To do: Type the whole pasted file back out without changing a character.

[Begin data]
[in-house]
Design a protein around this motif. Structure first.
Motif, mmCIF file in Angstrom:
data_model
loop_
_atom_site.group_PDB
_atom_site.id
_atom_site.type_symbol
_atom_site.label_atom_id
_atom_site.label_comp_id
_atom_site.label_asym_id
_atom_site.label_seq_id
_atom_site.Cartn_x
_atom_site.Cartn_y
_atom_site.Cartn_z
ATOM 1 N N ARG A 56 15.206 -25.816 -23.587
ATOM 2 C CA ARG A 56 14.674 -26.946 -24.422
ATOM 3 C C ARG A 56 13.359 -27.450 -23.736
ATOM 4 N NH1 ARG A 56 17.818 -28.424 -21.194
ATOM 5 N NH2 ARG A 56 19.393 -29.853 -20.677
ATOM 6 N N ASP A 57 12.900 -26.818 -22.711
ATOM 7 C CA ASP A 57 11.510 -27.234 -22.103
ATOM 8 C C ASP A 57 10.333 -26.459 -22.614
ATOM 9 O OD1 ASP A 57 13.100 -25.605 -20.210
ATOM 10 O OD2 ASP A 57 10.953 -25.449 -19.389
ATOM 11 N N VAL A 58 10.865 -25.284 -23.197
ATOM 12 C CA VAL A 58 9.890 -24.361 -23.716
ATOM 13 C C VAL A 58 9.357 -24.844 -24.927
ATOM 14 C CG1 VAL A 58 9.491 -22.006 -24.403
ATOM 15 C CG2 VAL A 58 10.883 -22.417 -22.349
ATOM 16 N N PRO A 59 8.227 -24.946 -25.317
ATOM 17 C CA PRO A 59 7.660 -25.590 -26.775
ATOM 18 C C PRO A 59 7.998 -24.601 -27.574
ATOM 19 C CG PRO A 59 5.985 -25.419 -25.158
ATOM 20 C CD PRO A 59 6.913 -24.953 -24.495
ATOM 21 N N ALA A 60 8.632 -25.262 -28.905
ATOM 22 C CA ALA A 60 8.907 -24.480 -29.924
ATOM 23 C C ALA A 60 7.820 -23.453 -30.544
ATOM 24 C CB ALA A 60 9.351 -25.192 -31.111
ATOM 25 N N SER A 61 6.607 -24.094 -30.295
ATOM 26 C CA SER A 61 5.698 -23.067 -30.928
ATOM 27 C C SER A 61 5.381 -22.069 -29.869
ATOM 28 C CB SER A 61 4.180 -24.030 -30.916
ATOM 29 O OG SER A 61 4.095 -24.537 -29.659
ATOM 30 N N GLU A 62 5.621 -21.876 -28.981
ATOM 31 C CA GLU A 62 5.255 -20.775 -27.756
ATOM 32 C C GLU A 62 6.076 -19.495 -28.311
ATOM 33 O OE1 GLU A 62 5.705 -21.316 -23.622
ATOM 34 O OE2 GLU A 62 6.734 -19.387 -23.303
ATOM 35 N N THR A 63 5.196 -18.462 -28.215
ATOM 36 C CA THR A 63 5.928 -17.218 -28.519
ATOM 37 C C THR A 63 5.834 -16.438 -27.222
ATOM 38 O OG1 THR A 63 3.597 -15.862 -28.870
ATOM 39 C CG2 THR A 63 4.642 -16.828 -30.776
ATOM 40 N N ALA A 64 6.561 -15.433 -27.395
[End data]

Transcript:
[in-house]
Design a protein around this motif. Structure first.
Motif, mmCIF file in Angstrom:
data_model
loop_
_atom_site.group_PDB
_atom_site.id
_atom_site.type_symbol
_atom_site.label_atom_id
_atom_site.label_comp_id
_atom_site.label_asym_id
_atom_site.label_seq_id
_atom_site.Cartn_x
_atom_site.Cartn_y
_atom_site.Cartn_z
ATOM 1 N N ARG A 56 15.206 -25.816 -23.587
ATOM 2 C CA ARG A 56 14.674 -26.946 -24.422
ATOM 3 C C ARG A 56 13.359 -27.450 -23.736
ATOM 4 N NH1 ARG A 56 17.818 -28.424 -21.194
ATOM 5 N NH2 ARG A 56 19.393 -29.853 -20.677
ATOM 6 N N ASP A 57 12.900 -26.818 -22.711
ATOM 7 C CA ASP A 57 11.510 -27.234 -22.103
ATOM 8 C C ASP A 57 10.333 -26.459 -22.614
ATOM 9 O OD1 ASP A 57 13.100 -25.605 -20.210
ATOM 10 O OD2 ASP A 57 10.953 -25.449 -19.389
ATOM 11 N N VAL A 58 10.865 -25.284 -23.197
ATOM 12 C CA VAL A 58 9.890 -24.361 -23.716
ATOM 13 C C VAL A 58 9.357 -24.844 -24.927
ATOM 14 C CG1 VAL A 58 9.491 -22.006 -24.403
ATOM 15 C CG2 VAL A 58 10.883 -22.417 -22.349
ATOM 16 N N PRO A 59 8.227 -24.946 -25.317
ATOM 17 C CA PRO A 59 7.660 -25.590 -26.775
ATOM 18 C C PRO A 59 7.998 -24.601 -27.574
ATOM 19 C CG PRO A 59 5.985 -25.419 -25.158
ATOM 20 C CD PRO A 59 6.913 -24.953 -24.495
ATOM 21 N N ALA A 60 8.632 -25.262 -28.905
ATOM 22 C CA ALA A 60 8.907 -24.480 -29.924
ATOM 23 C C ALA A 60 7.820 -23.453 -30.544
ATOM 24 C CB ALA A 60 9.351 -25.192 -31.111
ATOM 25 N N SER A 61 6.607 -24.094 -30.295
ATOM 26 C CA SER A 61 5.698 -23.067 -30.928
ATOM 27 C C SER A 61 5.381 -22.069 -29.869
ATOM 28 C CB SER A 61 4.180 -24.030 -30.916
ATOM 29 O OG SER A 61 4.095 -24.537 -29.659
ATOM 30 N N GLU A 62 5.621 -21.876 -28.981
ATOM 31 C CA GLU A 62 5.255 -20.775 -27.756
ATOM 32 C C GLU A 62 6.076 -19.495 -28.311
ATOM 33 O OE1 GLU A 62 5.705 -21.316 -23.622
ATOM 34 O OE2 GLU A 62 6.734 -19.387 -23.303
ATOM 35 N N THR A 63 5.196 -18.462 -28.215
ATOM 36 C CA THR A 63 5.928 -17.218 -28.519
ATOM 37 C C THR A 63 5.834 -16.438 -27.222
ATOM 38 O OG1 THR A 63 3.597 -15.862 -28.870
ATOM 39 C CG2 THR A 63 4.642 -16.828 -30.776
ATOM 40 N N ALA A 64 6.561 -15.433 -27.395